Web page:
Stories about Breaking News from April, 2008
Qatar Living members are rallying to help an offline community of 600 workers who have lost all their belongings after a devastating fire broke out in their labour camp, writes Mohamed Nanabhay, from Doha, Qatar.
Will Malawi clear Zimbabwe's arms?: “The Nyasa Times has this report today and it seems a lot more plausible to me than yesterday’s Hollywood-style information regarding Venezula…”
Yesterday a train accident happened in Shandong which injured 416 and killed 70 people. Ting yun from my1510 pointed out that the investigation should be conducted by an independent team and the head of railway department should take the blame and resign [zh].
The Southeast Asian region, home to several emerging and developing economies, is also struggling to cope with the global food price crisis. Bloggers discuss the impact of the crisis in the region.
A death in Hong Kong is a blog set up by concerned Filipinos who are demanding a proper investigation to the mysterious death of a Filipina domestic helper in Hong Kong
Ethiopian bloggers rushed to the defence of their country's top pop singer Teddy Afro, after he appeared in court charged with the hit-and-run killing of a youth in capital Addis Ababa. Many writers were convinced Afro was being framed by Ethiopian authorities who, they said, resented the singer's huge popularity and veiled anti-government lyrics.
On May 10th 2008 at 18:00 GMT, 24 films will be broadcast during a 4 hour event. What makes this different is that this event, PangeaDay will be broadcast from six locations worldwide in seven different languages worldwide to be viewed through internet, television or cellphones with one unique purpose: to make each other know about the lives of others and focus on what makes us similar, instead of what makes us different and let us work together towards peace.
iBlog4 or the 4th Philippine Blogging Summit is taking place today.
This time the story is rather sad, but the blogosphere is exploding with humorous takes on the tragedy of a Brazilian Roman Catholic priest who is missing after drifting out to sea while trying to set a record for a flight using helium-filled party balloons.
“The prisoners handed over the seven warders they were holding hostage and returned to their cells after having negotiated and handed over demands to the chief of internal security,” reports Lebanon News Network on the peaceful ending of the prison mutiny.
“….of interest to the laymen, Roumieh prison is where the 4 Generals, Assayed, Azar, Hamdan; Hajj are kept … and where many of the Fath El Islam elements are imprisoned … I remain suspicious,” noted GPC on the mutiny taking place at the Roumieh prison in Lebanon.
The new localized version of Twitter in Japanese has been launched, as reported by Joi Ito, Asiajin, and the Polar Bear Blog. The Japanese version, unlike the current English one, includes advertisements, and there is a plan to eventually export these ads back to the English version.
As China's latest shipment of weapons and ammunition sits stranded off the coast of southeastern Africa and president Mugabe of landlocked Zimbabwe digs in against accusations of a fixed election, the majority of Chinese netizens are defending their government's arms sales to the country, at the same time accusing the US and its allies of double standards.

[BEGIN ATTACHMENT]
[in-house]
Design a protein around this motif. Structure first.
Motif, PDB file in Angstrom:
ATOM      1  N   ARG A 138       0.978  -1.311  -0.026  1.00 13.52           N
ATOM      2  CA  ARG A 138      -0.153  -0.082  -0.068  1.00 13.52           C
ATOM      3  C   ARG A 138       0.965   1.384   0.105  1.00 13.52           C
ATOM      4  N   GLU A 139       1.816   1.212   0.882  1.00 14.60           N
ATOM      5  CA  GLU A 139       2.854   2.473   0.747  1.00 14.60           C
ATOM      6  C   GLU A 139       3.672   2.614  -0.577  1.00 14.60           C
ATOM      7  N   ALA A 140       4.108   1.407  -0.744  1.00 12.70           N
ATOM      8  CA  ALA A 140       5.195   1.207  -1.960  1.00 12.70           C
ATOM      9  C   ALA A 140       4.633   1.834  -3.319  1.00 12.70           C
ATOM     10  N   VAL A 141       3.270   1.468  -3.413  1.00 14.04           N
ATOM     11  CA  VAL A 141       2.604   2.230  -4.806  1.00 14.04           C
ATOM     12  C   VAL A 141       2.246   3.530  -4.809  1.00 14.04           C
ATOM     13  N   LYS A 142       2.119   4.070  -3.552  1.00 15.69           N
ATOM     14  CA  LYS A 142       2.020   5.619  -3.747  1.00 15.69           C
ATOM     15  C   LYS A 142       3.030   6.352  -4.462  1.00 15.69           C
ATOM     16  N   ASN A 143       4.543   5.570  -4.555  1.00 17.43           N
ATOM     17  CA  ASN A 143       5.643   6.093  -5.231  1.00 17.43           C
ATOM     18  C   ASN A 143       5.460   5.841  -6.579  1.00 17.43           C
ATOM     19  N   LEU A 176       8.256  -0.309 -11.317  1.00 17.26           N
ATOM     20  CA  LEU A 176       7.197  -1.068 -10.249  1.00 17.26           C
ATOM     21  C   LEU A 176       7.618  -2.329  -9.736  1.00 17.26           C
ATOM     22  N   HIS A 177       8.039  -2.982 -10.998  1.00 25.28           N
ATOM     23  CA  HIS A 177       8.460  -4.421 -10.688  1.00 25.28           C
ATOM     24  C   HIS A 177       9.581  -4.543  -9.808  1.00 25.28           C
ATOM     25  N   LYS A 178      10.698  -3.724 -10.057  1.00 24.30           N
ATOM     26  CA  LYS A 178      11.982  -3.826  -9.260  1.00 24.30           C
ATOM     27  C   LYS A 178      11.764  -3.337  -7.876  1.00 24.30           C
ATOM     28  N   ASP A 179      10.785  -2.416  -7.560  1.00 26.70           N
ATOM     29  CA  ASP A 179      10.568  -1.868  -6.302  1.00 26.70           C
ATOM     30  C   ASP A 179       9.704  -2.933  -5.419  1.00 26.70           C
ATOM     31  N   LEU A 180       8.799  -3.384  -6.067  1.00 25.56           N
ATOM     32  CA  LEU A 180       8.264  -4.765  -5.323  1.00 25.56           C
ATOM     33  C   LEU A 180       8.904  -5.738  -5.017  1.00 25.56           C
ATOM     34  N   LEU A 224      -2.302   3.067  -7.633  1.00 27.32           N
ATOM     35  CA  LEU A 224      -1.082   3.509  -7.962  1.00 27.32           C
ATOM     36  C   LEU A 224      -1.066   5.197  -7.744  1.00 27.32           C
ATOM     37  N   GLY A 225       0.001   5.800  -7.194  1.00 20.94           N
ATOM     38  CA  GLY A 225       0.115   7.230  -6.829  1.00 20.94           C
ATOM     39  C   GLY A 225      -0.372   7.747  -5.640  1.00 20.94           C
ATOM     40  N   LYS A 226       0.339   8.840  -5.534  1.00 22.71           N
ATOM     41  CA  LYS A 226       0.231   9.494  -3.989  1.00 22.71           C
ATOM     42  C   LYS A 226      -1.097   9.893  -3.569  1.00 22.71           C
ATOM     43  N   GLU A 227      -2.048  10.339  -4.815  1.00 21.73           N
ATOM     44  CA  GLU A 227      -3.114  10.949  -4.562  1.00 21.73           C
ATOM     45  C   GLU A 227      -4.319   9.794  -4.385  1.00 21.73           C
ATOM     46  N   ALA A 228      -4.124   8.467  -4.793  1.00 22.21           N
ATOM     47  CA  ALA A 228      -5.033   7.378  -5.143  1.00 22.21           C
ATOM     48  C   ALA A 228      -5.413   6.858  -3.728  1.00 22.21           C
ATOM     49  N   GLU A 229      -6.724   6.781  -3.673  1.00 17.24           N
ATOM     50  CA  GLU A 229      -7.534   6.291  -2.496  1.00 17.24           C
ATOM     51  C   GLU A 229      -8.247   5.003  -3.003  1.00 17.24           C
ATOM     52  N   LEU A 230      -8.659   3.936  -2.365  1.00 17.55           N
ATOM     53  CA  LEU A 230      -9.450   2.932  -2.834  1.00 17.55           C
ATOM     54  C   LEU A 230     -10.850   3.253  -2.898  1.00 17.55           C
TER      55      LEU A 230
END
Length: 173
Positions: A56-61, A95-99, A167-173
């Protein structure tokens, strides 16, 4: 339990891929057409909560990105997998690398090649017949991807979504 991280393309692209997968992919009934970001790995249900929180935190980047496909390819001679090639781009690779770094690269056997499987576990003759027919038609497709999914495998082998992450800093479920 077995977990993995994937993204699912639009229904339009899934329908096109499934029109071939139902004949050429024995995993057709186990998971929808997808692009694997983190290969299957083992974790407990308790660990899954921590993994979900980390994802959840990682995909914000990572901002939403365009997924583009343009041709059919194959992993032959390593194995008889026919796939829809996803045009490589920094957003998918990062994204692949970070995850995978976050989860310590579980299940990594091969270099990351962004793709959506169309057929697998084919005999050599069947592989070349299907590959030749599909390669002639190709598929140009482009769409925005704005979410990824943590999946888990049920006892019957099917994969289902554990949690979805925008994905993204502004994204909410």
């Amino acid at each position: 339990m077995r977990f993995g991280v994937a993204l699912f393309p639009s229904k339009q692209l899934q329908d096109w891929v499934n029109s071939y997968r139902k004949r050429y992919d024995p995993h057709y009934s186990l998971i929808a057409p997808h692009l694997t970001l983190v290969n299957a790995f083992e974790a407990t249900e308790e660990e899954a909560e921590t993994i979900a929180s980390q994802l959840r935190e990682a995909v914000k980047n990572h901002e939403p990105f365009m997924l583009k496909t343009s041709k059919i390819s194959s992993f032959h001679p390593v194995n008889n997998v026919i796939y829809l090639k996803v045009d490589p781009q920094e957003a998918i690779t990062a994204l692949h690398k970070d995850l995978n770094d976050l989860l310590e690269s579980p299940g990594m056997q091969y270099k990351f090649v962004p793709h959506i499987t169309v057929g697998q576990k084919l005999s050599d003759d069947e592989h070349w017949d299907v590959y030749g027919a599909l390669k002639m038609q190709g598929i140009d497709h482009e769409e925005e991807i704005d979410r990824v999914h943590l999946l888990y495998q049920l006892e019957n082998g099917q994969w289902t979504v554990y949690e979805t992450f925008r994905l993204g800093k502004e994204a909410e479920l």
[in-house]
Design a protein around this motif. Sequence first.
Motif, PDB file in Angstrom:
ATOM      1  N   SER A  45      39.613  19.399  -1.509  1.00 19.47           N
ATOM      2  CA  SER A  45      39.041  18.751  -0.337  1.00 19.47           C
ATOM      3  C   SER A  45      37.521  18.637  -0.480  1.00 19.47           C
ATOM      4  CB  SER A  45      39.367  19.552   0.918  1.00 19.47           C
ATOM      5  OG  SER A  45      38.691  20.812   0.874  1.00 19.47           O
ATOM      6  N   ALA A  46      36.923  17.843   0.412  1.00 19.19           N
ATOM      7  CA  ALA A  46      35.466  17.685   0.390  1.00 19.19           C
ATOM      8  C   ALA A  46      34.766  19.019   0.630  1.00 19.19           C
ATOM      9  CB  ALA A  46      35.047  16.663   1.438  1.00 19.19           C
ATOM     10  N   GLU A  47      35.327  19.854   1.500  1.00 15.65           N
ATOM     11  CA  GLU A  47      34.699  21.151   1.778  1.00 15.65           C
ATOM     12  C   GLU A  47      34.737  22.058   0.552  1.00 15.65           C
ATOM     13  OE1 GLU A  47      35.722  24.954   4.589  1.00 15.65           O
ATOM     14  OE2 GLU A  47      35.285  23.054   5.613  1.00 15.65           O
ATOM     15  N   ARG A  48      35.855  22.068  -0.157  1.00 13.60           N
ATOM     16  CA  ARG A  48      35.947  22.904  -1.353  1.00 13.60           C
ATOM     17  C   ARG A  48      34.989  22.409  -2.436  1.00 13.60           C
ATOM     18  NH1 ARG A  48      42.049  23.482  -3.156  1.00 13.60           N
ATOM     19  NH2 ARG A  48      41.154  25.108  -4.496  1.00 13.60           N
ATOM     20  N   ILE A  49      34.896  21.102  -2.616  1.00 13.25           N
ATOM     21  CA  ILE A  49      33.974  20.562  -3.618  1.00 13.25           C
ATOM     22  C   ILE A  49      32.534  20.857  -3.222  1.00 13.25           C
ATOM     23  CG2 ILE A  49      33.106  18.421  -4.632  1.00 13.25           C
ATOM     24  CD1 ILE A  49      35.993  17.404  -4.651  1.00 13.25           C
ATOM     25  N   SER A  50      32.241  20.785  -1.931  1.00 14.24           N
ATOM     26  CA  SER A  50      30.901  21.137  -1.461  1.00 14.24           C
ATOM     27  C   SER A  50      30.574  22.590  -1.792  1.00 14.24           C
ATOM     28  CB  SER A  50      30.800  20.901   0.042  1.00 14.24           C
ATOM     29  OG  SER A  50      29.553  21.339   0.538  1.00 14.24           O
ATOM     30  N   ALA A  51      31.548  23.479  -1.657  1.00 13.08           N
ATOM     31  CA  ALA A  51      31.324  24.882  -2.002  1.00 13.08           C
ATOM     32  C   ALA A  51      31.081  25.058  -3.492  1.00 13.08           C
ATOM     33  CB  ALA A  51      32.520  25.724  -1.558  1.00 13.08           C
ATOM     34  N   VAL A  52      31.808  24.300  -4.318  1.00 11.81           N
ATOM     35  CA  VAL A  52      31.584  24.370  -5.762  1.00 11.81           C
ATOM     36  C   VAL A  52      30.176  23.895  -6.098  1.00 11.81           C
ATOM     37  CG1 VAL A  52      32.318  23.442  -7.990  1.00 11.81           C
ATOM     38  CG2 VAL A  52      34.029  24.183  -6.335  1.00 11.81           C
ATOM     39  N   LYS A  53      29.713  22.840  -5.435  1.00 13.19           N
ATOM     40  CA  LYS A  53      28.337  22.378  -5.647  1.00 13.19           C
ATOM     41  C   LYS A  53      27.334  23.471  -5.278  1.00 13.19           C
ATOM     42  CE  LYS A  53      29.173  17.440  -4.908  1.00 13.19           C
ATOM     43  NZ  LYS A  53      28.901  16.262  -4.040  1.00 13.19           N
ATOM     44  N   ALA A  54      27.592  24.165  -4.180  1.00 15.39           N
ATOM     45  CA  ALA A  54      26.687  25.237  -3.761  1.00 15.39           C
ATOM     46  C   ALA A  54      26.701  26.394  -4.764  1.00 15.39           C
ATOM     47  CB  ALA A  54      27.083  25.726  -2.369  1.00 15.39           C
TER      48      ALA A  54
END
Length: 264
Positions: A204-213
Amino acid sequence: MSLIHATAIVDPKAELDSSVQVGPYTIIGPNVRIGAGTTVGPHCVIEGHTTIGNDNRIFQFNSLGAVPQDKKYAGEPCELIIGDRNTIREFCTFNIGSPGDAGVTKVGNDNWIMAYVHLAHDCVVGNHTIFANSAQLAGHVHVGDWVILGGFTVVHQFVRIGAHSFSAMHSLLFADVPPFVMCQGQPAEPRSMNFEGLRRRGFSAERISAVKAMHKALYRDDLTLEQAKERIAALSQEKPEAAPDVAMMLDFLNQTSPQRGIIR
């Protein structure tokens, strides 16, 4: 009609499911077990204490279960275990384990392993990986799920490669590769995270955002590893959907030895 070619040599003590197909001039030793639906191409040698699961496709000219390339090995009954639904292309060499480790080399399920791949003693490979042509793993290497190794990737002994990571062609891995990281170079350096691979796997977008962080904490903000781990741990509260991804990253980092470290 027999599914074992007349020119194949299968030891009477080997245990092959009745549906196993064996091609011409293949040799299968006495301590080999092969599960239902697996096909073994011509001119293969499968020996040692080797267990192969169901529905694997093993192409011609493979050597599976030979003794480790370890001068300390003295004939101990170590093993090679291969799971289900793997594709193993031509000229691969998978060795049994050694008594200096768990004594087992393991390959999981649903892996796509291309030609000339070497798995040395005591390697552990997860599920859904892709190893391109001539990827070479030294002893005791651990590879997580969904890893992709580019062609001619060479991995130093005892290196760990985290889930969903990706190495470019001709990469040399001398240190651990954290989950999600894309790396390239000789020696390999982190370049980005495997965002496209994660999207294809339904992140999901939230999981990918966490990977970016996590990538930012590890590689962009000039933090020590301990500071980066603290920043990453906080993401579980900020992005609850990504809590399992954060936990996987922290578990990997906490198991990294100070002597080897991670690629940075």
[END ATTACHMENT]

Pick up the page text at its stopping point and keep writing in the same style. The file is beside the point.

Paraguay went to the polls to elect its next president on April 20th. Gathering nearly 41% of the vote was the former Roman Catholic bishop Fernando Lugo. His victory ends a 61 year run by the Colorado party and the exit of outgoing president Nicanor Duarte, who will leave on August 15.
The Olympic Torch has landed in the Southeast Asian region. Bloggers describe how ordinary people, protesters, police forces, sports enthusiasts and politicians are reacting to the arrival of the Olympic Torch in the region.
The Sun Shines on Singapore comments on a government report explaining how a terrorist escaped from a maximum security prison
jubaonline writes that Indonesian terrorists who were sentenced to only 15 years in jail will be able to “walk out early because they didn't get life sentences.” The blogger adds that “Every Idul Fitri and Independence Day, prisoners in Indonesia get reductions in their sentences for good behavior.
As much as Ouagalais love political intrigue, most people are much more preoccupied with the power cuts that have afflicted the city for the past five weeks or so. First, a galet poussoir, which translates as a roller tapet, failed at one of the city’s main power stations, forcing Sonabel, the local power company, to schedule rolling blackouts throughout the city every day for more than a week until someone was sent to France to pick it up a new piece.
The Chinese global anti-Carrefour boycott was supposed to begin on May 1, but with tempers flaring over CNN commentator Jack Cafferty's on-air remarks this past week, and a number of other recent incidents, people in a few cities across China decided to get a head start. So too did the Chinese hackers who had been planning a coordinated denial-of-service attack on CNN.com set for April 19.
As the Olympic Torch is coming to Bangkok, Camille's Samui Weather warns that any foreigner “caught protesting or rather disrupting the relay will be punished in a complete over the top way.”